Global community – Our actions here have implications for people around the world. We are part of a global community and we need to look after our neighbours. The national interest is global. Local community – As well as protecting our loved ones, we can model the world we want to live in by showing solidarity with our neighbours and community groups.

National – We need to protect our nation from external threats and prioritise national interest over global. Kin – We must prioritise our families and loved ones at the expense of the wider community.

What does this crisis say about human nature?

This is bringing out the best in people and just shows how well people can pull together and look after each other in a crisis. Look at all the people who have come out of retirement to help the health service, and the people organising locally to help their most vulnerable neighbours.

This is bringing out the worst in people and just shows that human nature is selfish and bad. Look at all the people hoarding toilet paper. Look at the person who touched all of the handrails on the tube.

What kind of government do we need?

Nurturant parent – The government should make sure we are looking out for us all, especially the most vulnerable. We want caring and responsible government. Citizens must be looked after and have their needs met by government. This might mean, for instance, financial support for lost earnings or inability to pay mortgage.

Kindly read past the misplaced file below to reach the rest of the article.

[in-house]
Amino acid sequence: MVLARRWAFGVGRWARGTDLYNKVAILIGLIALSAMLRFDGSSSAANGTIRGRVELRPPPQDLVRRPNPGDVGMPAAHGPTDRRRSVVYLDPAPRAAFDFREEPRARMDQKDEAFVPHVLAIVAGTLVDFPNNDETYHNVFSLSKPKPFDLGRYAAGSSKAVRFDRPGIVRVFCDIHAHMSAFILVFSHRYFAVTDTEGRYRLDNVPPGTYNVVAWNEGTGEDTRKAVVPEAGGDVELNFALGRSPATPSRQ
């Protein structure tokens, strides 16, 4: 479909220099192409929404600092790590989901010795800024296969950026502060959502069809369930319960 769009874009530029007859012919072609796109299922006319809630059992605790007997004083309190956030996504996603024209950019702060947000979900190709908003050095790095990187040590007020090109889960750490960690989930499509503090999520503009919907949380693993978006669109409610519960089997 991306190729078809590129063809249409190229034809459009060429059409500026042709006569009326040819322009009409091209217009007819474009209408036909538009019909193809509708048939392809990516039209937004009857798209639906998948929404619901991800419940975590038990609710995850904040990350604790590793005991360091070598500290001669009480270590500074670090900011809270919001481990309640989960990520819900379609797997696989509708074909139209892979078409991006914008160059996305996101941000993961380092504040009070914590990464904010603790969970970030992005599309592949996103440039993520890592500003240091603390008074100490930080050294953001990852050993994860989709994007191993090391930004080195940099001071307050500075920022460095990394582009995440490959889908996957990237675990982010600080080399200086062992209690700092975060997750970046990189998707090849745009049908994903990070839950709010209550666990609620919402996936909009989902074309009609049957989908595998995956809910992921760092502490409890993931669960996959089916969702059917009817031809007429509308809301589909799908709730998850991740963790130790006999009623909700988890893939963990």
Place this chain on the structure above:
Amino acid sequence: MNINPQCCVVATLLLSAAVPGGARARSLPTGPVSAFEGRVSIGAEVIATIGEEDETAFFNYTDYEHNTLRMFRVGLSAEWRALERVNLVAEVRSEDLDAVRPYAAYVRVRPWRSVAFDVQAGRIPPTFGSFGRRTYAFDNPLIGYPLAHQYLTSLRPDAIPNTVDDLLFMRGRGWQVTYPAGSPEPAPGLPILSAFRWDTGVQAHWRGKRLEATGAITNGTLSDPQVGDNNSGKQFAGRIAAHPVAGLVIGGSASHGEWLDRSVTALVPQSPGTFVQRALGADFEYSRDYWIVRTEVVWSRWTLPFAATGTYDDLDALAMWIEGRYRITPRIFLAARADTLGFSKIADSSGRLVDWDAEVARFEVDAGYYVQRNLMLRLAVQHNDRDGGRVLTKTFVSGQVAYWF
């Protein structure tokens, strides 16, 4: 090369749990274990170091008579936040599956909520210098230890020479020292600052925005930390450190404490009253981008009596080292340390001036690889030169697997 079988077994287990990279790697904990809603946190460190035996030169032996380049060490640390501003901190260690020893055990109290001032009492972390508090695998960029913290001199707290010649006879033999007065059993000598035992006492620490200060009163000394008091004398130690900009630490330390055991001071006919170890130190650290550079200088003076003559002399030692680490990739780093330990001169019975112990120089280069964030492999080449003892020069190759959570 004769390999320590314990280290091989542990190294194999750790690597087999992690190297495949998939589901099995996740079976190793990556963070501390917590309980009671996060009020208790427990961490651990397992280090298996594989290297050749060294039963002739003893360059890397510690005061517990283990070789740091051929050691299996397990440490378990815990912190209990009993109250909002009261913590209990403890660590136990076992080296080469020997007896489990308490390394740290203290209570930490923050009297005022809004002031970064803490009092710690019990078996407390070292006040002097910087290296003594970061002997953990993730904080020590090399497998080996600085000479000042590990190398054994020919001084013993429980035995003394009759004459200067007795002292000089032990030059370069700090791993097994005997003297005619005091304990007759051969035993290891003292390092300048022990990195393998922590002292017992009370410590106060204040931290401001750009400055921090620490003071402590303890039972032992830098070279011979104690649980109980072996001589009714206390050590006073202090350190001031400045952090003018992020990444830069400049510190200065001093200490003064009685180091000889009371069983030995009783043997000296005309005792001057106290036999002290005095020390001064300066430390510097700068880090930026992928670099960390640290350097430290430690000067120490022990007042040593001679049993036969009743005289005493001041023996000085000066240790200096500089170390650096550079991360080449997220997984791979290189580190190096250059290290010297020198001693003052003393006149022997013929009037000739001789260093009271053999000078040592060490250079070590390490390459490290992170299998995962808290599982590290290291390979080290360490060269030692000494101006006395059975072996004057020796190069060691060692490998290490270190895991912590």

Strict father – The government should pull up the drawbridge and lockdown. Its role is to enforce and police. We want strong and uncompromising government. Citizens must comply and if it’s difficult to cope, then this is up to them to fend for themselves.

How do we feel about the direction things are going?

Motivated & hopeful: We can and should take action that limits the death toll and minimises the impacts on people’s lives. Call to action. We have choices to make and options available to us. It is a matter of decision and design.

Fatalistic: We must accept that this will kill many people and devastate livelihoods. We are resigned to this fate. No alternatives for action, no choice. Complacent: It’s not going to be as bad as people think. The crisis is overblown and we are over-reacting. No call for action.

What can we learn from this for the future?

We should be building a more resilient economy. The virus reveals chronic problems in the economy. We are being hit harder because our health service is already under strain, there have been long-term cuts to social security and many more people are in precarious employment. If we make ourselves more resilient then we will be able to weather the storm better in the future.

There is nothing to learn. This is a severe and sudden thing that we are dealing with. It’s not particularly related to anything else going on in the economy, or society. There was nothing deeply wrong in the economy before this happened, and things should carry on as before once this has passed. 

One Comment

  1. Susan Susan

    our health ‘and social services’ are under strain – important omission